I’m a sucker for a good murder mystery. And a period one? More of a sucker. Father Brown is a show based on the stories written by G.K. Chesterton from 1911 – 1936. In much the same way that Poirot and Marple have been set in specific time periods (between 1936 and 1938 and the 1950s respectively), Father Brown has been set in the 1950s – don’t ask me why. But this time period allows for certain leeway with specific stories – such as divorce, affairs, even madness. I haven’t read any of Chesterton’s short stories but it does appear that most of the characters have been invented for the show and work in much the same way as detective “assistants” do. They are the audience’s way into the story and act as information retrievers. The characters have all been drawn very well and their costumes (designed by Giles Gale) emphasise this.
Father Brown (played by Mark Williams)
A slightly crumpled, shambolic and mild-mannered priest, Father Brown is, on the surface, easily forgotten. But his apparent innocence belies a playful wit and a razor-sharp intellect. His greatest strength – both as a priest and as a detective of crime – is his love and understanding of other people. The insights he’s been given mean he’s better placed than the police to decipher the criminal mind. However unlike the police, he’s not there to judge. When Father Brown solves crime, he isn’t meting out justice. He’s trying to save souls. [Taken from the BBC Father Brown site.]
Father Brown spends nearly all of his time dressed in his black cassock. Changes to this occur at funerals (most common), weddings and when he is seen at a church service. He mostly wears a long white robe (an alb) with appropriate vestments. The show has a priest advisor and I assume that, along with historical research into priests in the 1950s, he was helpful with the proper vestment colours. There have been a few occasions where Father Brown was shown in his pyjamas but I can’t recall any other costumes… Although it has been a year since I saw series one.
Inspector Valentine (played by Hugo Speer)
Head of the local police force and thoroughly decent human being, Inspector Valentine finds himself constantly torn between admiration for Father Brown and deep frustration with him. For Valentine, crime is wrong, full stop; he can’t fathom the Father’s subtle morality. He wishes he had the Father’s insights, and in an ideal world would like them to work together, but has been burnt once too often by Father Brown’s curious moral code… [Taken from the BBC Father Brown site.]
Inspector Valentine definitely dresses to impress. Or at least that’s how he views it. He tries. Whenever he is on the scene of a crime his suit always seems to be rumpled. His top shirt button is undone, his tie is slightly loosened and his jacket unbuttoned to show his waistcoat. He mostly sticks to grey and blue tones with his ties being used to brighten up the colours. Nothing is ostentatious about Valentine. And he is always shown wearing his trilby. As he should.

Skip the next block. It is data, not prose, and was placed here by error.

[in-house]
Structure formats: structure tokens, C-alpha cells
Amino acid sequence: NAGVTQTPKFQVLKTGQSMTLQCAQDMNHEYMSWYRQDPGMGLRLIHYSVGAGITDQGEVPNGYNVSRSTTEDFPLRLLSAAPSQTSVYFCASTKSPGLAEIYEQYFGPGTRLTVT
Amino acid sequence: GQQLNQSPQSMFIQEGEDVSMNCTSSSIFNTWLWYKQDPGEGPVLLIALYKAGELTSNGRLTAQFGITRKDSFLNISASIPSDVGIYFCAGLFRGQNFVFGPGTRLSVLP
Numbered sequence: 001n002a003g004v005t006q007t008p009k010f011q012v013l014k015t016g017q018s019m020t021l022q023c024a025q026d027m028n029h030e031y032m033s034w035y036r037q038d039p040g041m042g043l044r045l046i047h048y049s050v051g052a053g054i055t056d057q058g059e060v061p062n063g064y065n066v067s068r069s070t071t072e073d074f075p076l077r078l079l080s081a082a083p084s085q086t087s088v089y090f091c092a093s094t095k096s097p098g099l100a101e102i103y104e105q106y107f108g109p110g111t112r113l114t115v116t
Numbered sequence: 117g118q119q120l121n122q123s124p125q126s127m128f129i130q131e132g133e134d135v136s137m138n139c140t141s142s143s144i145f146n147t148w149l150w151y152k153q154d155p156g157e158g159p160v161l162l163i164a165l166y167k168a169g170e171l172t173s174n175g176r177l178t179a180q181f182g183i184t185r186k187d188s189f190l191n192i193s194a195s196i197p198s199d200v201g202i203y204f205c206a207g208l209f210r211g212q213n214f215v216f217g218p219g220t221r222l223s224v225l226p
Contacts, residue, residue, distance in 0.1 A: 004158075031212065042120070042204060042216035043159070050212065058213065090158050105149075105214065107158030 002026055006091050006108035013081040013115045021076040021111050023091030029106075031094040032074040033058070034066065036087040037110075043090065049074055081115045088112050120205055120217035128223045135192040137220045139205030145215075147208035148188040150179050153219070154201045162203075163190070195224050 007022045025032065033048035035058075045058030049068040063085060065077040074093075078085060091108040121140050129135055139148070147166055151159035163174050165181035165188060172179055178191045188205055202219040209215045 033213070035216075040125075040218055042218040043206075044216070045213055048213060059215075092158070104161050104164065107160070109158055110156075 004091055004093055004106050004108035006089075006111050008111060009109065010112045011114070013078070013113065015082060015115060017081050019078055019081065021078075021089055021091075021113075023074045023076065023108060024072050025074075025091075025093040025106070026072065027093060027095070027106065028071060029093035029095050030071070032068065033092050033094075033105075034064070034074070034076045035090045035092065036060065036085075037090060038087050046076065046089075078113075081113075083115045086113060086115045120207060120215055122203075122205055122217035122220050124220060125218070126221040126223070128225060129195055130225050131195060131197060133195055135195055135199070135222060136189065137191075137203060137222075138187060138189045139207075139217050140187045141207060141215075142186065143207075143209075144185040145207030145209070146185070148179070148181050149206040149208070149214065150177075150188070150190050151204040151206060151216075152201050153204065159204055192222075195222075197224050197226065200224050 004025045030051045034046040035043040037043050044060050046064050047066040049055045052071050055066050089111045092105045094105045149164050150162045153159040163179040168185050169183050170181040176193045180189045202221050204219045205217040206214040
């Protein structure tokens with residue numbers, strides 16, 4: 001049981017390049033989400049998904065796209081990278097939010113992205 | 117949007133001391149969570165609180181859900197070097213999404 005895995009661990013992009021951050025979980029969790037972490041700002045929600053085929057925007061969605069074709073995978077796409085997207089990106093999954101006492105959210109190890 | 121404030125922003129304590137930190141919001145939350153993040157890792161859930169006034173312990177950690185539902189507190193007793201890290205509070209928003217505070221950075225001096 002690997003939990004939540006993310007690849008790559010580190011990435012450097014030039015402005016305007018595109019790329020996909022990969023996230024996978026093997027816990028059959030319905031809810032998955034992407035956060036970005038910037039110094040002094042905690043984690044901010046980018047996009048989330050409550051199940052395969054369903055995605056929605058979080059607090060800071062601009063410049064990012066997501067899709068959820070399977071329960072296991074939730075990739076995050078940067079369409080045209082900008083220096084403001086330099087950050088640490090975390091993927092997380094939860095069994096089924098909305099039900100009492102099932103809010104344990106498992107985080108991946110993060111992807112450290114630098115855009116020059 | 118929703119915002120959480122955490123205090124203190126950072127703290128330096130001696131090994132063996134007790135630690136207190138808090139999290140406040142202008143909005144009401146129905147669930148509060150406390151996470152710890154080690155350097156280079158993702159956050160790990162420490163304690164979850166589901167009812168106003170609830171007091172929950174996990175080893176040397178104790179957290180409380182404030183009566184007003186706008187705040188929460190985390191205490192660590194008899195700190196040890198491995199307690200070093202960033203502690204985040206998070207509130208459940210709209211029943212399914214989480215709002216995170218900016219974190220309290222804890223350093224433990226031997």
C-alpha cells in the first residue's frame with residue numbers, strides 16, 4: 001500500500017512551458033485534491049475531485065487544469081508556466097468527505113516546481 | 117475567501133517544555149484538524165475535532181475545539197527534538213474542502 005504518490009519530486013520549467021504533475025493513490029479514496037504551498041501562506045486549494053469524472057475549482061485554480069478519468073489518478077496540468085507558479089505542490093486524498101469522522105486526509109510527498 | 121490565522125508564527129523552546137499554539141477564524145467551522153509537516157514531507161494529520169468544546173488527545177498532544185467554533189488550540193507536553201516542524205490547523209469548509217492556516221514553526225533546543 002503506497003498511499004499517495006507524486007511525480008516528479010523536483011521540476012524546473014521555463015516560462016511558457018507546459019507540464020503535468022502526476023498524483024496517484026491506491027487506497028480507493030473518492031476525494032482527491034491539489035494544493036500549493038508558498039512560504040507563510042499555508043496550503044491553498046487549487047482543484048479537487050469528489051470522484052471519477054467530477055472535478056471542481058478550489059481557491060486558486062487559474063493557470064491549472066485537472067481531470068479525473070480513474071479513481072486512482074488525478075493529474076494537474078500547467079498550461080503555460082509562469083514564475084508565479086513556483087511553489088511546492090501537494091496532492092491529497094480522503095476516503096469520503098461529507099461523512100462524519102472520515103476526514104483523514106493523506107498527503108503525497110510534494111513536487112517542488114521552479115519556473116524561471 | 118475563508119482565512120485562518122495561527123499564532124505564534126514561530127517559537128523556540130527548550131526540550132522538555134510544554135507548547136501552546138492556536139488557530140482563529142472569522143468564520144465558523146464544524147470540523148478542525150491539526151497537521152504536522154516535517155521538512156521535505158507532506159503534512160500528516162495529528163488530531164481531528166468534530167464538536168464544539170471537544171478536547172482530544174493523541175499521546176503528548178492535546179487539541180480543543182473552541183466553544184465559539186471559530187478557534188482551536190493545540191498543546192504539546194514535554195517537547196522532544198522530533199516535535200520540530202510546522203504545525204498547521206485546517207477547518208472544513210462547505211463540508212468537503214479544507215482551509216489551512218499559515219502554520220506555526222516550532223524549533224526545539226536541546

Mrs McCarthy (played by Sorcha Cusack)
The Irish parish secretary at St Mary’s is also Father Brown’s no-nonsense second-in-command. Full of opinions about the shocking state of the nation, she’s his ear to the ground on parish events (though rest assured, ‘she’s not one to gossip’) and his confidante on official Church business and everything else. Chief defender of Father Brown, Mrs. McCarthy lives to check facts for him, to protect him from the wrath of the diocese, to make sure he eats… [Taken from the BBC Father Brown site.]
Mrs M is the most old-fashioned character in the show. She reminds me of those older women who found a way of dressing and have stuck with that, fashion be damned. This is fairly authentic. That’s what my Nan did and my Mum sort of does the same thing. Mrs McCarthy is always well “turned out” but none of it would necessarily be on anyone’s vintage ‘to buy’ list. Everything is accessorised with a hat, gloves (usually), pearls (or similar) and a brooch. The fifties silhouette is still in evidence but is hidden much more under cardigans and jackets.
Lady Felicia Montague (played by Nancy Carroll)
A glamorous woman with a lively dress sense and manner to match. Wealthy, but bored, Lady Felicia is a socialite, constantly throwing charity functions, not so much because she believes in the cause, but because she loves a party. But despite filling her life with every distraction imaginable, underneath it all, the Countess is lonely. To fill the void, her behaviour is often hedonistic and impulsive as she seeks out drama and affairs. [Taken from the BBC Father Brown site.]